Salon will be on Sunday this week. I plan on attending the Kentucky Sheep and Fiber Festival on Saturday. All sorts of vendors will be there and although I need more yarn like I need a hole in my head, I am sure I will be tempted. Miss Babs and her lovely yarn will be there. Babs and her able assistant Jen are staying at my house but, alas, their yarn is at the site for the festival. That is probably a good thing. The festival is only a few years old but it seems to grow every year.
Last weekend was not a pretty sight here. I had intended to finish the Vlads pullover during my down time at the retreat. I didn't factor in how tired I would be after teaching all day. I doubt I knit 10 rows on the sleeves. That meant I really had to work hard to finish it before the photo shoot. I have never missed a deadline and I am happy to report I did finish it in time. Also, we are starting a new series, Finishing with Confidence, and I had to write the inaugural article. The plan is to have these articles on the TKGA.com website as well. I liked the Vlads pullover so much, I decided to keep it.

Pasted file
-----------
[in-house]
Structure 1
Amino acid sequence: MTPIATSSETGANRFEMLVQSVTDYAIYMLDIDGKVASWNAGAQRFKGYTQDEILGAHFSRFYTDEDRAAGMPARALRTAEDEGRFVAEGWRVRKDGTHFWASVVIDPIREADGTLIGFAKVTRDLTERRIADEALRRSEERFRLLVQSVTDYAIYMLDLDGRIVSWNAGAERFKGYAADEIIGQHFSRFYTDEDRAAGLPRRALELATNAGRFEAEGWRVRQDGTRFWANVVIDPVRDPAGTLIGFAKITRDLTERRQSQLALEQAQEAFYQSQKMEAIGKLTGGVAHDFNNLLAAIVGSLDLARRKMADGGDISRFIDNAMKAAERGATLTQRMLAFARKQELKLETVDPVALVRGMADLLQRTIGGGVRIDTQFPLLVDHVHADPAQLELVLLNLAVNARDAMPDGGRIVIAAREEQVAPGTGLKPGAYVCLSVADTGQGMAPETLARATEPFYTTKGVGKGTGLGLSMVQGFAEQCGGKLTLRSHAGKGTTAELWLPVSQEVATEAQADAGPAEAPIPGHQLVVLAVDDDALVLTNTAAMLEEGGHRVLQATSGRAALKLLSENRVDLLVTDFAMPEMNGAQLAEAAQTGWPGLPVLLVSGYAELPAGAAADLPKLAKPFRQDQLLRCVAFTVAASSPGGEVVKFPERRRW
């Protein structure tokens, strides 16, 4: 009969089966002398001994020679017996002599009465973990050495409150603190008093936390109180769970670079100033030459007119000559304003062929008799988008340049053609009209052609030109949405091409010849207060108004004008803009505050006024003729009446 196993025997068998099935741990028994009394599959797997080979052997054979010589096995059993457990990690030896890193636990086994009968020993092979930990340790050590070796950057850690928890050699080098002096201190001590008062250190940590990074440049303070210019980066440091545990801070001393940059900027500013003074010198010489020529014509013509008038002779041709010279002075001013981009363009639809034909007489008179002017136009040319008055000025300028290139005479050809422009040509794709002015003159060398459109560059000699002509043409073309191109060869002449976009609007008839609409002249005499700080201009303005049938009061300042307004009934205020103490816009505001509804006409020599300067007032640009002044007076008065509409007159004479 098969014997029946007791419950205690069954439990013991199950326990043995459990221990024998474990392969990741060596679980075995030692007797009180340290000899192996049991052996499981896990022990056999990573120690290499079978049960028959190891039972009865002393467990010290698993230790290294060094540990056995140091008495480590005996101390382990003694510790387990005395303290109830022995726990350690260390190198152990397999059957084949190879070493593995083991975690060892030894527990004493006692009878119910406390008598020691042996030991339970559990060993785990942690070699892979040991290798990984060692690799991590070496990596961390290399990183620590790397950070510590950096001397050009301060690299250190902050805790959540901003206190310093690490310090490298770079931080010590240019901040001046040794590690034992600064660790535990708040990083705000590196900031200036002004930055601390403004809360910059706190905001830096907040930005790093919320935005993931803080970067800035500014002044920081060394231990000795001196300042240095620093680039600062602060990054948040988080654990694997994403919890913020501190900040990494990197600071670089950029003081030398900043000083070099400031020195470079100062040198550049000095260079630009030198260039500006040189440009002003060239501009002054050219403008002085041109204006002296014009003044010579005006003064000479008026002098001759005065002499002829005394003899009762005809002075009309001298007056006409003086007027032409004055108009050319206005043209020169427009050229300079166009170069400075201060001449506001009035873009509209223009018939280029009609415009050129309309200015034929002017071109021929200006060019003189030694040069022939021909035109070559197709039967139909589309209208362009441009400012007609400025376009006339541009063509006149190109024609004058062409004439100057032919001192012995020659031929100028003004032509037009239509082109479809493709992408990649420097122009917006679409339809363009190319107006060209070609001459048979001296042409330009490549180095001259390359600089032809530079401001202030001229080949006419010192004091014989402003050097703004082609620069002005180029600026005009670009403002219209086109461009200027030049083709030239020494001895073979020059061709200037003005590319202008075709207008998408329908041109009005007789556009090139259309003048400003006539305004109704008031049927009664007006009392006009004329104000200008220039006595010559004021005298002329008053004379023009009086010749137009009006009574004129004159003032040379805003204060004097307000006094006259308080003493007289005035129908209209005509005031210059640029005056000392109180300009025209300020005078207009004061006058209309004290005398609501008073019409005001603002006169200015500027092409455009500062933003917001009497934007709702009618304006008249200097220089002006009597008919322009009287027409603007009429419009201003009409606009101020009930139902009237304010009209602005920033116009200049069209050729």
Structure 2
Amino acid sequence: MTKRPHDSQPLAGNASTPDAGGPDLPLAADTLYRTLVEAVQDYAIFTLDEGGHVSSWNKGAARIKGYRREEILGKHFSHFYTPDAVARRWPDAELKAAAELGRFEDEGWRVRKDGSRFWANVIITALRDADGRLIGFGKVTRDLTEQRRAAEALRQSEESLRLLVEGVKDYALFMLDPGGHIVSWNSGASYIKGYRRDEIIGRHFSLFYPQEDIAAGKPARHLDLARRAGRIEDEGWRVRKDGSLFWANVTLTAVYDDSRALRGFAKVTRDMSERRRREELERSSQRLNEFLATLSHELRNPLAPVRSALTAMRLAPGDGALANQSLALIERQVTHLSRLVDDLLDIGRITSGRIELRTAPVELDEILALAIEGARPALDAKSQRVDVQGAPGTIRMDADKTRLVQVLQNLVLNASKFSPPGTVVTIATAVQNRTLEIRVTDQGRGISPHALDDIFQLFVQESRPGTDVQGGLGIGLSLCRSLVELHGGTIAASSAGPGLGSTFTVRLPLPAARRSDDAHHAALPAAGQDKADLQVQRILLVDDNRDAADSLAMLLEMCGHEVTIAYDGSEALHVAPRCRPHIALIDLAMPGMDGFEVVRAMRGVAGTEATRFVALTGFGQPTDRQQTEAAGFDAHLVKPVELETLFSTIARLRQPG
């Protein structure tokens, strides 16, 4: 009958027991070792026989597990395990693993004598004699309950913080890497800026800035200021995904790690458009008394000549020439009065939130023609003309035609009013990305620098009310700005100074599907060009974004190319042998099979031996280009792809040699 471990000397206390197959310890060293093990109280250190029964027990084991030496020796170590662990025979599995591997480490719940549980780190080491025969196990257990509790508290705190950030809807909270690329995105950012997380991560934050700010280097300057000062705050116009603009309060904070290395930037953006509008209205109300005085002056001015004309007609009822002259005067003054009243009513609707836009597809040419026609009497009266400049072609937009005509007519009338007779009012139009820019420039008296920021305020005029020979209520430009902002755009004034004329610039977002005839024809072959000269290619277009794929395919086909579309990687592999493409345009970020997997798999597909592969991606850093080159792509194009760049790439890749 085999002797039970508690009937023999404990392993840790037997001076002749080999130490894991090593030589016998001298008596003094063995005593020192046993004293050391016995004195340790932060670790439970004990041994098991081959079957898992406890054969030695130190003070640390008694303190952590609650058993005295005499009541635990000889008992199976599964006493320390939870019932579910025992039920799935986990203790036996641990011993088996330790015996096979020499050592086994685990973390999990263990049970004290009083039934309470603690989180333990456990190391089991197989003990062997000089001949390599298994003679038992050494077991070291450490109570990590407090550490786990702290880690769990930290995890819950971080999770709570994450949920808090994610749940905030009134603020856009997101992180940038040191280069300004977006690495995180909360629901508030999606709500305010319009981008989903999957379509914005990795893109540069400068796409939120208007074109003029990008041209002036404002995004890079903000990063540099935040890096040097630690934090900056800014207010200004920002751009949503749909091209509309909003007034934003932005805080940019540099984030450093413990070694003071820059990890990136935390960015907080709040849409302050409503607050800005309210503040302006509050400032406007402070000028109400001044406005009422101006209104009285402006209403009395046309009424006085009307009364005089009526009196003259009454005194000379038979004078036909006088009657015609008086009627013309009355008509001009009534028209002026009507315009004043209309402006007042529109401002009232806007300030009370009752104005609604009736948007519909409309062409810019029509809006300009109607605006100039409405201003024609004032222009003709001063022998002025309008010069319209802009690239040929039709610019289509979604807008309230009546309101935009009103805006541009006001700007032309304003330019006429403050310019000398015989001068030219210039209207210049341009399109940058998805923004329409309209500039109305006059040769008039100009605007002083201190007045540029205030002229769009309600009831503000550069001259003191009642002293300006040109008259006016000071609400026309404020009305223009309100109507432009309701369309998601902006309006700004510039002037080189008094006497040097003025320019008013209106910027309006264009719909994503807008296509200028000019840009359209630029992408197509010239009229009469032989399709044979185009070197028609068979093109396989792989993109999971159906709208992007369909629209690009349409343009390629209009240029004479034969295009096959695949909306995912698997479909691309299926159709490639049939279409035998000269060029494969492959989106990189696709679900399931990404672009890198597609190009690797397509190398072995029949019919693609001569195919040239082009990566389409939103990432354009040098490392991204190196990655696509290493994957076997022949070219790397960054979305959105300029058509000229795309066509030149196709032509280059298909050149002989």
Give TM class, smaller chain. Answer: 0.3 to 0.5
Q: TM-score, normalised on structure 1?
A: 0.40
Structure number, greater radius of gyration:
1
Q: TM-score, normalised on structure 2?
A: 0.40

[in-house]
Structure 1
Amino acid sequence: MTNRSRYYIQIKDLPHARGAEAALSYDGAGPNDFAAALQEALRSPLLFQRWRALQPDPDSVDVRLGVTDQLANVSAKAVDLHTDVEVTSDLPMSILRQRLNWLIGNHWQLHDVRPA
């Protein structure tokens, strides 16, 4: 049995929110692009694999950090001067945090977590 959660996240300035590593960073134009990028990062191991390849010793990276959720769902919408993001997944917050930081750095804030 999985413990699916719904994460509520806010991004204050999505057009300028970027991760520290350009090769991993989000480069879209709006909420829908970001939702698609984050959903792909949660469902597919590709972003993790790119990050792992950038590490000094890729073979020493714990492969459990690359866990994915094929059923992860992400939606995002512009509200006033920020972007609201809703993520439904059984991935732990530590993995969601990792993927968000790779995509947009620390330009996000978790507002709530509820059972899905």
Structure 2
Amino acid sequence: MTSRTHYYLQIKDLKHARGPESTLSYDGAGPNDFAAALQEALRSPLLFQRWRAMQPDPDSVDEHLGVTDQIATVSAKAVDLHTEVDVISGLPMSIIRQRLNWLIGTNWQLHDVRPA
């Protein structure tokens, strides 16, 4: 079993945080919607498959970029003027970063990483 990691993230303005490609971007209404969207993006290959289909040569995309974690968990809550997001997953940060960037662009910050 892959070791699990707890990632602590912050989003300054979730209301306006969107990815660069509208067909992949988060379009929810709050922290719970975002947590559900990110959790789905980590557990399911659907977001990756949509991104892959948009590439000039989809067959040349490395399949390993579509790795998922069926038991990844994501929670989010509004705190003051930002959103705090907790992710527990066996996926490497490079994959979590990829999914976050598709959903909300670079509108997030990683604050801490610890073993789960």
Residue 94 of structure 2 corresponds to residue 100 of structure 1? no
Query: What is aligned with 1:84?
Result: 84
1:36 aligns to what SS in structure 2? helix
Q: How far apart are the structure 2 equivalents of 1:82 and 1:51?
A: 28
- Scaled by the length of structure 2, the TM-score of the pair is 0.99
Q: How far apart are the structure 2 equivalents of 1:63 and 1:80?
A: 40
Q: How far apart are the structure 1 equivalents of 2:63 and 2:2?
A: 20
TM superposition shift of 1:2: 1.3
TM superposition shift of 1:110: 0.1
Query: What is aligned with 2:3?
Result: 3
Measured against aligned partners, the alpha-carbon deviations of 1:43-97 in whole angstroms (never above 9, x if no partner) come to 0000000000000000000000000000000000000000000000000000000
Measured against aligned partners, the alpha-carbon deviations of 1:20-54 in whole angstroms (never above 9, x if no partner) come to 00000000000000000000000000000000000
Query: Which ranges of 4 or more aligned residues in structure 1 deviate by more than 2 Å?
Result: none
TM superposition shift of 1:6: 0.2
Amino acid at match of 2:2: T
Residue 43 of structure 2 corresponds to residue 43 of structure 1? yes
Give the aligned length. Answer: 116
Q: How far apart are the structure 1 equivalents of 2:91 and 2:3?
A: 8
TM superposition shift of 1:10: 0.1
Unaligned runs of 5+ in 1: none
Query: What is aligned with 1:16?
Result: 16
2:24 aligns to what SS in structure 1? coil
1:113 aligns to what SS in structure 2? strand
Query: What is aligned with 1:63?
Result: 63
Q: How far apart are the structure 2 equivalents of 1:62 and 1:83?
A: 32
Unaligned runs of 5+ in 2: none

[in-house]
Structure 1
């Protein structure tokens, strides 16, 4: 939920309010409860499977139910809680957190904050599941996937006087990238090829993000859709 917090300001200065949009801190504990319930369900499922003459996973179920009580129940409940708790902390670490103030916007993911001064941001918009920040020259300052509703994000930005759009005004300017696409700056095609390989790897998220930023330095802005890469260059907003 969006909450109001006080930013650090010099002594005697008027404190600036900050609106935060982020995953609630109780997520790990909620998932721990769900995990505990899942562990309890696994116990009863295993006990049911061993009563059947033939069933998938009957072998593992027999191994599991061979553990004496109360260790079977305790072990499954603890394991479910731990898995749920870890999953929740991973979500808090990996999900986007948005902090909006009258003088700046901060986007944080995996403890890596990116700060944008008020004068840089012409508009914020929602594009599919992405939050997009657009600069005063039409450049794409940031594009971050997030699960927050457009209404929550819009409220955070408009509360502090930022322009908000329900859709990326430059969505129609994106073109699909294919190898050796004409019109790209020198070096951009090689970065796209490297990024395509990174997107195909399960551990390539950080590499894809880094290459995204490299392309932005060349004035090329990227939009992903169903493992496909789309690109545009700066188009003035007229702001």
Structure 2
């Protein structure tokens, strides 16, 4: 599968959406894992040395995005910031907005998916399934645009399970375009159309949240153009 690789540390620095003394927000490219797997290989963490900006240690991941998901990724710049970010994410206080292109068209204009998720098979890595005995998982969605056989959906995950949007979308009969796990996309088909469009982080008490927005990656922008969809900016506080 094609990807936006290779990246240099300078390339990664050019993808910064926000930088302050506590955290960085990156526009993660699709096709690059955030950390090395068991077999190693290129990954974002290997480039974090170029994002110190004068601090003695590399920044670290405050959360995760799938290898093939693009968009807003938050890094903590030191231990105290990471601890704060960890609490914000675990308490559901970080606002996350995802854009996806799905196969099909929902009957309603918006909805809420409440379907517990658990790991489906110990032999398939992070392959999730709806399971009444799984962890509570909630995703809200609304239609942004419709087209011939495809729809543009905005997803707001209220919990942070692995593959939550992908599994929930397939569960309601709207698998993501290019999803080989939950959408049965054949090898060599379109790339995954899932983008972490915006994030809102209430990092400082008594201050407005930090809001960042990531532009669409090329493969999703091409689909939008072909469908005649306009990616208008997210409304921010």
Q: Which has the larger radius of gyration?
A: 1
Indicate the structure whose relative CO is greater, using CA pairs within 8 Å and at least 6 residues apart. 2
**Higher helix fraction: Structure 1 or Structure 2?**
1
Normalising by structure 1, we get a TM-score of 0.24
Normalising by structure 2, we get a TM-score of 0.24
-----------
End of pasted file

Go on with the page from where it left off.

I love this cable pattern. The cables are wrapped at the top which I haven't seen in many cable designs. The featured stitch pattern in the August - October issue is cables.
I have some time to work on my own projects. I decided to knit myself a pair of socks before beginning the next round of birthday socks. Since I wear so much black I decided to use some gray yarn named Luna Granite. I found a stitch pattern in one of the Japanese books I bought at Stitches West. It looks like cables but it is not. I plan on reversing the slant on the second sock.
The deadline for submissions for the Winter issue of Cast On is June 1st. Instead of a stitch pattern, pleats will be the subject of the Stitch Anatomy lesson. I've been considering a couple of ideas already.